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Review of the HIVNET 012 Perinatal HIV Prevention Study Infants Infected Intrapartum and Early Postpartum (%) Total Infant HIV Infections By 6–8 Weeks (%) Infant Serious Adverse Events (%) 12/55 (22%) — 28/491 (5.7%) 68/496 (13.7%) 60/663 (9.1%) 51/421 (12.1%)** — — 23/353 (6.5%) 59/389 (15.2%) 22/448 (4.9%) 1/18 (5.6%) — — 103/1283 (8.0%) 242/1488 (16.7%) 113/1665 (6.8%) 52/862 (6.0%) 144/980 (14.7%) 82/1111 (7.4%) 11/283 (3.9%) 36/308 (11.7%) 29/320 (9.1%) aNVAZ study excluded because of no NVP treatment in mothers. study was that 41% of patients complied with the Thai-CDC ZDV regimen and 87% with the HIVNET 012 regimen (p<0.001). Moodley and colleagues (7, 8) reported on the South African Intrapartum Nevirapine Trial (SAINT), an open-label trial that compared two doses of NVP to the mother at onset of labor and 24–48 hours postpartum plus one dose to the baby at 24–48 hours to a multiple dose intrapartum and 7 days postpartum regimen of zidovudine and lamivudine (3TC), similar to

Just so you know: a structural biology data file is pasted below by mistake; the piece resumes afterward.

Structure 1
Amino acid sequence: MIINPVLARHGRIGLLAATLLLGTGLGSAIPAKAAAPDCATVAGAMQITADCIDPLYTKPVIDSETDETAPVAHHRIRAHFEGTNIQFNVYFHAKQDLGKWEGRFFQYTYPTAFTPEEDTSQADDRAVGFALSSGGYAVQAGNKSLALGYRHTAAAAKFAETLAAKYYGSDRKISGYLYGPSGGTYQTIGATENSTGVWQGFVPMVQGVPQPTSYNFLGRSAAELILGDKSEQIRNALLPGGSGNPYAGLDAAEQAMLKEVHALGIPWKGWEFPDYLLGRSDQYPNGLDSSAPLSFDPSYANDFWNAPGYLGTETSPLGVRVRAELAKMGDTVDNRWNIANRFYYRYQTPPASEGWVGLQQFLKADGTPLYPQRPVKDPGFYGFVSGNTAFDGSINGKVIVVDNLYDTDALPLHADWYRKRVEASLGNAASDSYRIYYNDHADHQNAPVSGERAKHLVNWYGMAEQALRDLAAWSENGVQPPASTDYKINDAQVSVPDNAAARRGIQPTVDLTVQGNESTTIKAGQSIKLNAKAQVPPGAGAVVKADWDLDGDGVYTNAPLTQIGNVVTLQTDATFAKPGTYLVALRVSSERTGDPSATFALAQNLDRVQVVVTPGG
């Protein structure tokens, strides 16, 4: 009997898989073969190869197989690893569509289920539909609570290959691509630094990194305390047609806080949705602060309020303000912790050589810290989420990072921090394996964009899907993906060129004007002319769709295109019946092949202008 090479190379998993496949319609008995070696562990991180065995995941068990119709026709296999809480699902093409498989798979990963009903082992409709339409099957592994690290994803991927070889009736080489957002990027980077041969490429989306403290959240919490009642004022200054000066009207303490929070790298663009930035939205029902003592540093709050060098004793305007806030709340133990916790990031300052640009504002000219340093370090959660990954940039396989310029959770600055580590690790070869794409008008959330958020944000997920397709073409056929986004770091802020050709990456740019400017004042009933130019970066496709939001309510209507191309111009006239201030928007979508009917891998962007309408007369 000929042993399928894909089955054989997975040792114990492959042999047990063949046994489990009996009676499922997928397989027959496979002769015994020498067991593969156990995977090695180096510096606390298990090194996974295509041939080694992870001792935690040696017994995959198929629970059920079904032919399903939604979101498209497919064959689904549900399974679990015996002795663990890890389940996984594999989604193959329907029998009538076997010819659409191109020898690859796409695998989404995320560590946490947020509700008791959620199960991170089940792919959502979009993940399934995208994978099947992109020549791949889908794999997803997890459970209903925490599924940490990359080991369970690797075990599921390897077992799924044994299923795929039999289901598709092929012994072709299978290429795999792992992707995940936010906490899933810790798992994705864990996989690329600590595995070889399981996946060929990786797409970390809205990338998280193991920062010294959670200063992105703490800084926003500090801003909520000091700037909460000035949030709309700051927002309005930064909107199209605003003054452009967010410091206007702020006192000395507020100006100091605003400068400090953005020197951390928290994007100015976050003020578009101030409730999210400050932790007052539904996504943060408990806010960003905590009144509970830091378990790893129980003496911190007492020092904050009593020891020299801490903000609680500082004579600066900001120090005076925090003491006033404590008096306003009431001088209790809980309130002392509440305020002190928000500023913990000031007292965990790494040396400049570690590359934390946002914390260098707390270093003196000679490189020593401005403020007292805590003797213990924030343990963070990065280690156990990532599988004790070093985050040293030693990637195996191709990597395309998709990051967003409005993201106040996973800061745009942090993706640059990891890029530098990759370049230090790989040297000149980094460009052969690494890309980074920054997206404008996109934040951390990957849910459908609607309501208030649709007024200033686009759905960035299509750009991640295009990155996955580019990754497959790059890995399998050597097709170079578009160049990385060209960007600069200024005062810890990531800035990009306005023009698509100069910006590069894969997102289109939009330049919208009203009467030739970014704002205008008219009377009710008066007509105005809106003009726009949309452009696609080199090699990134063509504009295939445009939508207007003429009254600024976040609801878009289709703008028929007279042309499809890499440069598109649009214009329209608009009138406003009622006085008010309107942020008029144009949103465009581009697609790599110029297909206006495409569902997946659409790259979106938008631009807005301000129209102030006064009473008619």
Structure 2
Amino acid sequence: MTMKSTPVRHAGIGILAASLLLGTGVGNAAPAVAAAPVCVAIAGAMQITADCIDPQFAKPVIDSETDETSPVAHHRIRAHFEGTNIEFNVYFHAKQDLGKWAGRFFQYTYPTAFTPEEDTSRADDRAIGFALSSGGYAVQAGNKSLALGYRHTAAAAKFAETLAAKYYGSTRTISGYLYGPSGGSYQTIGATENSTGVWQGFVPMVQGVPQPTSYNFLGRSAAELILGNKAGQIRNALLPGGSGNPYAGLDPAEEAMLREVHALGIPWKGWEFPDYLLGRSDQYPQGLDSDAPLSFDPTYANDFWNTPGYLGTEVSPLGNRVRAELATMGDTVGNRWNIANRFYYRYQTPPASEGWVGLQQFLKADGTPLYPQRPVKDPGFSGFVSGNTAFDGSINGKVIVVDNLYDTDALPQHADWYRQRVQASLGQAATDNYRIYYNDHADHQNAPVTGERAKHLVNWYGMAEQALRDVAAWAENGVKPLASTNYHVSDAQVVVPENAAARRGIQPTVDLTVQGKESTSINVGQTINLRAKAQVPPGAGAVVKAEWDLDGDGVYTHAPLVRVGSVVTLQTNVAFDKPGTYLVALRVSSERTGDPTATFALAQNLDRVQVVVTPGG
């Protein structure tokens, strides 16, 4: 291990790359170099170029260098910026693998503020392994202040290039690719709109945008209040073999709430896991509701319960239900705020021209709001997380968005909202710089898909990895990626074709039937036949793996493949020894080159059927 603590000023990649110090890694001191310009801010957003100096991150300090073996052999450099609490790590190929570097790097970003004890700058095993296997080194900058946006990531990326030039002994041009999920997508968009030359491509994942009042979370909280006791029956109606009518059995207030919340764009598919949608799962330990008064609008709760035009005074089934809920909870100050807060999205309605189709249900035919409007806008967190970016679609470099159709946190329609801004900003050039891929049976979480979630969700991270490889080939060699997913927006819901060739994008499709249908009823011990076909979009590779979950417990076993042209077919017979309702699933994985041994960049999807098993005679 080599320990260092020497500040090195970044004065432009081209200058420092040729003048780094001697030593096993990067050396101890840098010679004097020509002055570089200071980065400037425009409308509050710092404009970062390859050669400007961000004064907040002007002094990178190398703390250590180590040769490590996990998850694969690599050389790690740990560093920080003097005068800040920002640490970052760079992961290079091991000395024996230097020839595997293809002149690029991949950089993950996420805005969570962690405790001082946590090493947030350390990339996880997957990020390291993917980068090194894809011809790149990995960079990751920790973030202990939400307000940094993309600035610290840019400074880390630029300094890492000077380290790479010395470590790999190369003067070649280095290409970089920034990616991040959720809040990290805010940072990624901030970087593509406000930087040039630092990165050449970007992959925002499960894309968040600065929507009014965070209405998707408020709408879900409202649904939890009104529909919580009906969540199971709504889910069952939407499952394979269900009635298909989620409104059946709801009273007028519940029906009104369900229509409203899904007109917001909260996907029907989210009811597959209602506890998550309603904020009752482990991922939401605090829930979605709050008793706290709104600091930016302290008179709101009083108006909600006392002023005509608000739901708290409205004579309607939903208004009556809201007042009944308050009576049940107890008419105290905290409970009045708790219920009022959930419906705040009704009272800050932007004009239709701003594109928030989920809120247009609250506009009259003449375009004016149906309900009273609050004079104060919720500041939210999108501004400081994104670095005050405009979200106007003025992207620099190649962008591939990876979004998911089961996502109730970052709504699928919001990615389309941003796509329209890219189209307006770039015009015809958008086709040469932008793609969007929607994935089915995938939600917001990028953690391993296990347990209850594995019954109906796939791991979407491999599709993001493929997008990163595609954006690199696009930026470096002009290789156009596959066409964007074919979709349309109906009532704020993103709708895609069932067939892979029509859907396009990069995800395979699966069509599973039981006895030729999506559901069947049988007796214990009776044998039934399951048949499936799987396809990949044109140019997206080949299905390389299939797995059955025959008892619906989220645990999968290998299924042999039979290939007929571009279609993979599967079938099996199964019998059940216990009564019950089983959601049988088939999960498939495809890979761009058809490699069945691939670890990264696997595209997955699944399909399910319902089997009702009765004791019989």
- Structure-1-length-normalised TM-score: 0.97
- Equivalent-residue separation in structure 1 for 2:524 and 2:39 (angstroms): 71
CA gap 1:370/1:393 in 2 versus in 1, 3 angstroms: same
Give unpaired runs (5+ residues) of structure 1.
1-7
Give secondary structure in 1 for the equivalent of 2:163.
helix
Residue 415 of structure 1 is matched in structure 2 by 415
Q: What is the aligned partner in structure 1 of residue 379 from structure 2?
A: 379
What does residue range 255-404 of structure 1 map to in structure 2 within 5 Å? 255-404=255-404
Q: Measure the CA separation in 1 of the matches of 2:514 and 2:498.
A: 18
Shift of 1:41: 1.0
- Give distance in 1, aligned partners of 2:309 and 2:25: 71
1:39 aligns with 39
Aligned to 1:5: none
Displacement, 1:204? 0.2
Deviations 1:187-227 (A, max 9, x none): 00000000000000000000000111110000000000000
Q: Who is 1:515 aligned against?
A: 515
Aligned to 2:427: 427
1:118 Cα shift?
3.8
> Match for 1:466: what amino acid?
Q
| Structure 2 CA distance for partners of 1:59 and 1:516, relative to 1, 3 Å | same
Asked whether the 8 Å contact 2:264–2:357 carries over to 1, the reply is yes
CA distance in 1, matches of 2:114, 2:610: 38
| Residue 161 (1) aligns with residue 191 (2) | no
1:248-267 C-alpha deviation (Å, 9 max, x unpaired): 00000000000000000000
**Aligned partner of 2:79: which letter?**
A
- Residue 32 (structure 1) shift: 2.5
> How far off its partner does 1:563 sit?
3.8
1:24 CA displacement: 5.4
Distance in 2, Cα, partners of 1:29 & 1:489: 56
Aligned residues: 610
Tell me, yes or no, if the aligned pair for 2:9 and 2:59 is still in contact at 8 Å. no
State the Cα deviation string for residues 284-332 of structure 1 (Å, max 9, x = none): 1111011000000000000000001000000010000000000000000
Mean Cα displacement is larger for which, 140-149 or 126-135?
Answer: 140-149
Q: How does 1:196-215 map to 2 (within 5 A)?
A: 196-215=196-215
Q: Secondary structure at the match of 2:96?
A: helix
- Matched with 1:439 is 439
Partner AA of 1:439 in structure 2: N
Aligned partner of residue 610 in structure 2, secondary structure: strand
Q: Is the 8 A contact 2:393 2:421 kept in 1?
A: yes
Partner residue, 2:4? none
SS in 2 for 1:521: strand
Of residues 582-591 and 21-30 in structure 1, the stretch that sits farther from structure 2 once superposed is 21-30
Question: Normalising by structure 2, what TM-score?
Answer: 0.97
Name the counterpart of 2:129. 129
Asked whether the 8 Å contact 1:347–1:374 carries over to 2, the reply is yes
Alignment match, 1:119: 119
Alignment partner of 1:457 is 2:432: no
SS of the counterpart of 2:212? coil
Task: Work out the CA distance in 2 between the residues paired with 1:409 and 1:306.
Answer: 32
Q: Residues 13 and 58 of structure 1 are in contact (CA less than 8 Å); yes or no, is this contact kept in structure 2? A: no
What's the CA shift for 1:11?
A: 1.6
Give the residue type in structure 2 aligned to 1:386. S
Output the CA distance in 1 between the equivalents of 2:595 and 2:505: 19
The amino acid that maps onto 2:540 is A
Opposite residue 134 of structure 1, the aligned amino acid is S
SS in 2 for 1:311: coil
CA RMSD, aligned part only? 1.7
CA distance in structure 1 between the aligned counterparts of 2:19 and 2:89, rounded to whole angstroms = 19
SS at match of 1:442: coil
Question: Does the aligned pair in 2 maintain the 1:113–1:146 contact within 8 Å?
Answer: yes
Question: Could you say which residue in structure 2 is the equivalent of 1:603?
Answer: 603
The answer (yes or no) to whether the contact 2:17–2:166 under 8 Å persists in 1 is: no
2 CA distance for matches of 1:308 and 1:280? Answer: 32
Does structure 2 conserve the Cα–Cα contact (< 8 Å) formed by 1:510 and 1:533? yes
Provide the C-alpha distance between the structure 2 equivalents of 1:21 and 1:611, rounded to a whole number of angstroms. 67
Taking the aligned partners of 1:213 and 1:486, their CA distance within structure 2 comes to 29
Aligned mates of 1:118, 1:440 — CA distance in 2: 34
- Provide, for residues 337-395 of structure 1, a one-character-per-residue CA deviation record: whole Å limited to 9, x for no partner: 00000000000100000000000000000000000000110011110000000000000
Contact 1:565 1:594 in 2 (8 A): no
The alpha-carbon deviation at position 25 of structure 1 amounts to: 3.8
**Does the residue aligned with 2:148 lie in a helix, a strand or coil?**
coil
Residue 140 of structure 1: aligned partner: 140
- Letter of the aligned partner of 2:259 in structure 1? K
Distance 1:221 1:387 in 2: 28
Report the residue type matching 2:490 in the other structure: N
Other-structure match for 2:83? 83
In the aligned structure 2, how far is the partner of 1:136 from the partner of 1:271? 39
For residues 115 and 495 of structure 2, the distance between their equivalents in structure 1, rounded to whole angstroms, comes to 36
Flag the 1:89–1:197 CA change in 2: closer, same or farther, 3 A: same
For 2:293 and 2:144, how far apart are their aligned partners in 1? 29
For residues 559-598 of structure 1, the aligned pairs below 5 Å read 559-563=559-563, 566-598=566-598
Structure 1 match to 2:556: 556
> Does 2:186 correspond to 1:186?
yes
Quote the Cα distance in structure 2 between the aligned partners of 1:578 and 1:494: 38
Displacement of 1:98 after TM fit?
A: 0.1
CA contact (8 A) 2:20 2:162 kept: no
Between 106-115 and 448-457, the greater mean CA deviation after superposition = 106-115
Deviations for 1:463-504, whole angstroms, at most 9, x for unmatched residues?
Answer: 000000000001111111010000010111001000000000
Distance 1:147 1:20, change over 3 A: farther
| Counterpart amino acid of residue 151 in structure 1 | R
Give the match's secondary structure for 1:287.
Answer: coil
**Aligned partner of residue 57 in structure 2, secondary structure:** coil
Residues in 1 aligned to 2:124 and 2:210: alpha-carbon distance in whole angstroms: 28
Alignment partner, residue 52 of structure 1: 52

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Review of the HIVNET 012 Perinatal HIV Prevention Study the regimen that had been evaluated in the Promoting Evaluation, Teaching, and Research on AIDS Project (PETRA) study. The primary outcome of this study was intrapartum and early postpartum transmission. Excluding antepartum transmission, new infections were detected in 5.7% of infants in the NVP group and 3.6% of infants in the zidovudine-lamivudine group at 8 weeks of age. Taha and colleagues (9, 10) conducted the NVAZ trial in Malawi and compared single-dose NVP alone to twice-daily zidovudine for 1 week plus single-dose NVP among HIV-exposed infants. In this trial mothers presented late in labor, were untreated at the time of delivery, and were diagnosed in the postpartum period, and thus there was no maternal dose of NVP. The primary outcome was HIV infection at 6–8 weeks of age. At 6–8 weeks of age among babies who were HIV-uninfected at birth, 7.7% who had received NVP plus zidovudine were infected compared to 12.1% of those who had received NVP alone (p=0.03). Taha and colleagues (9, 11) also conducted a second trial in Malawi that randomized infants of HIV-infected, NVP-treated mothers to receive NVP or NVP plus zidovudine, the same regimens tested in the NVAZ trial. The primary outcome was postpartum HIV transmission. Among infants uninfected at birth, transmission was 6.5% in those who received NVP alone and 6.9% among those who had received NVP and zidovudine (p=0.88). In a separate publication, spanning both the NVAZ trial and the second trial conducted in NVP-treated mothers, Taha and colleagues reviewed hepatic and hematologic toxicity data (10), comparing the four arms of the two trials plus an unexposed and untreated control group. At 6 weeks of age geometric mean serum alanine aminotransferase levels were significantly higher among the treated groups (16.2–19.1 U/L) than in controls (11.5 U/L). Similarly hematologic parameters (hemoglobin, hematocrit, granulocytes, and platelets) were significantly lower among the treated groups than controls at 6 weeks of age, consistent with Grade 1 (mild) toxicity. McIntyre and colleagues (12) reported preliminary data from Trial 1413 in South Africa that compared standard maternal-infant NVP with NVP plus two regimens of a fixed-dose zidovudine-lamivudine combination given to infants for 4 or 7 days. The primary endpoint of this study is antiretroviral resistance, and this abstract reported 50% resistance to non-nucleoside reverse transcriptase inhibitors at 2 and 6 weeks in infants in the NVP-alone arm compared to 5% in the NVP plus 4-day zidovudine-lamivudine regimen and 13% in the 7-day regimen. Data on risk of transmission were also reported. Four of 68 infants had intrauterine transmission; one of 18 infants in the NVP-alone arm was infected in the intrapartum or early postpartum periods.